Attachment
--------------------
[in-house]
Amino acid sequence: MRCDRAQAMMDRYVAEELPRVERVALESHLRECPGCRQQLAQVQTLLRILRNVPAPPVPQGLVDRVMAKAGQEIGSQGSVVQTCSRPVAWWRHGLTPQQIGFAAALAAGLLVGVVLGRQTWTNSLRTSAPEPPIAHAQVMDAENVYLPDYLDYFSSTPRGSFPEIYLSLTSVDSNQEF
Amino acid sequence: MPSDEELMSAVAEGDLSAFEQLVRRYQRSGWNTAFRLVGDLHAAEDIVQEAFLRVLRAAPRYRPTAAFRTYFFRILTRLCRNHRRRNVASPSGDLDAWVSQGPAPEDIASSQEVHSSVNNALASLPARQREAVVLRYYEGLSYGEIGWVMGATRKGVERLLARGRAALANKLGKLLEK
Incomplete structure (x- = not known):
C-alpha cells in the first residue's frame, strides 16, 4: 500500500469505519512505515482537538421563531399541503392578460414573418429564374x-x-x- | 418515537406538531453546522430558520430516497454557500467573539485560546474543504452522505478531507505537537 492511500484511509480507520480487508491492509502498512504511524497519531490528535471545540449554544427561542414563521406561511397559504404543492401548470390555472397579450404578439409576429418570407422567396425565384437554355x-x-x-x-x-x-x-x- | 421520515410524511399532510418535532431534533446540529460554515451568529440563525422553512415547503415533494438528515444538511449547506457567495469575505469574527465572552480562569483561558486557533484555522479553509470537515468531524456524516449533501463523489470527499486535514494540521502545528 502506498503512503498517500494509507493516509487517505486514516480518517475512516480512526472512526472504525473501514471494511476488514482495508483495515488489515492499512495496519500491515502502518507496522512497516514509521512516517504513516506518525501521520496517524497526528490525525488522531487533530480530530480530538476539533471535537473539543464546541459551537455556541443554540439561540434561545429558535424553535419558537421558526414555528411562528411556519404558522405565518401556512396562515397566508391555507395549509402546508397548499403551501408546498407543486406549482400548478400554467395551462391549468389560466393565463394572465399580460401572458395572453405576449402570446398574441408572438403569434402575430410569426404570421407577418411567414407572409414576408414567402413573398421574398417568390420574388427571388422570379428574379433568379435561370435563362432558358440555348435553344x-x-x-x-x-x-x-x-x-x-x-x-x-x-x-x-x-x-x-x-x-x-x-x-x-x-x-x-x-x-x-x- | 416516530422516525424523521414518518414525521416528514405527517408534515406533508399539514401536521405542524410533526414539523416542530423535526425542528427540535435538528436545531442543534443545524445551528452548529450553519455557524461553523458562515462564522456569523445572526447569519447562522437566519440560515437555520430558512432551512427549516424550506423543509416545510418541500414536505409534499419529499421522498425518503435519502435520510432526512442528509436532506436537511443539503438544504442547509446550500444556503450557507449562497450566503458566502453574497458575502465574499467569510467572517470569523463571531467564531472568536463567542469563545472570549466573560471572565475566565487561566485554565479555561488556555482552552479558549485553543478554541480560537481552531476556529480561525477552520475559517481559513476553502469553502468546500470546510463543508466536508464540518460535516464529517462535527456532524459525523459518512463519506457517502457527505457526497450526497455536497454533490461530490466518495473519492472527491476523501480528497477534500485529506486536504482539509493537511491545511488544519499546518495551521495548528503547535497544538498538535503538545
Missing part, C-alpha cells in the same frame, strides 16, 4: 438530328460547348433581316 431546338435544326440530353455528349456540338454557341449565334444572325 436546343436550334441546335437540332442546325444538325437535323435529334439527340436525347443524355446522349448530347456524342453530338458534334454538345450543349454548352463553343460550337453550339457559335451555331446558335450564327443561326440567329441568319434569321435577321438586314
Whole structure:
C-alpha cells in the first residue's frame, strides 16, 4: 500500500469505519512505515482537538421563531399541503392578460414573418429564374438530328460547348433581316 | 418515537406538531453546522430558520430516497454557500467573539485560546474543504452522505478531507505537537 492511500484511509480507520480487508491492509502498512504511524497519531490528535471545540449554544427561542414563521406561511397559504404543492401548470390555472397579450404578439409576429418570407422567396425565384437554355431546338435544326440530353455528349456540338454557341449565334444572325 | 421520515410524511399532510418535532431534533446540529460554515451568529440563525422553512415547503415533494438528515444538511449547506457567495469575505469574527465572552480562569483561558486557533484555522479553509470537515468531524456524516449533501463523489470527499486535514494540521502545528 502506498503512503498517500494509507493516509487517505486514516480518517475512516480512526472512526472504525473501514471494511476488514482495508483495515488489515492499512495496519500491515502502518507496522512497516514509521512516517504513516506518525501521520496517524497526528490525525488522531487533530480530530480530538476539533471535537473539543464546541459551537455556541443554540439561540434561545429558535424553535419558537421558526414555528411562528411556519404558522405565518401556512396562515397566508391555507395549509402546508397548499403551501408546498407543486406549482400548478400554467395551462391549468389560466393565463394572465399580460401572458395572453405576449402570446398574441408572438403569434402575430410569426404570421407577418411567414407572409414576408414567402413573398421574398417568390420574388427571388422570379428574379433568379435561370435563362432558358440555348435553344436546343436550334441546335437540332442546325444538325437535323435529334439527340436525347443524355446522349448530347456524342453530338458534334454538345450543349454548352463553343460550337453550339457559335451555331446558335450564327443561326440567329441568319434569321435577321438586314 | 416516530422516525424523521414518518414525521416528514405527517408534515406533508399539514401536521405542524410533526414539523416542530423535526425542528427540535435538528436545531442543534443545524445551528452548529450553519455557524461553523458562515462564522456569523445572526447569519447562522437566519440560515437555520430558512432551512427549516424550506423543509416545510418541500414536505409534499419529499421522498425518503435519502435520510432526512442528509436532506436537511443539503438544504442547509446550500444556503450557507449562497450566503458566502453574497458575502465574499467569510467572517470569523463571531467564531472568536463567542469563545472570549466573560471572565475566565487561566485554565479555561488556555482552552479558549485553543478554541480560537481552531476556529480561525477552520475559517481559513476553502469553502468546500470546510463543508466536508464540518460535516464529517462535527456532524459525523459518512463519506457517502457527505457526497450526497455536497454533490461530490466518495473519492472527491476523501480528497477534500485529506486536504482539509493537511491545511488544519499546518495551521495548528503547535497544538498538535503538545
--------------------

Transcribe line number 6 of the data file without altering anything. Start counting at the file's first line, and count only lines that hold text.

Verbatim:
Missing part, C-alpha cells in the same frame, strides 16, 4: 438530328460547348433581316 431546338435544326440530353455528349456540338454557341449565334444572325 436546343436550334441546335437540332442546325444538325437535323435529334439527340436525347443524355446522349448530347456524342453530338458534334454538345450543349454548352463553343460550337453550339457559335451555331446558335450564327443561326440567329441568319434569321435577321438586314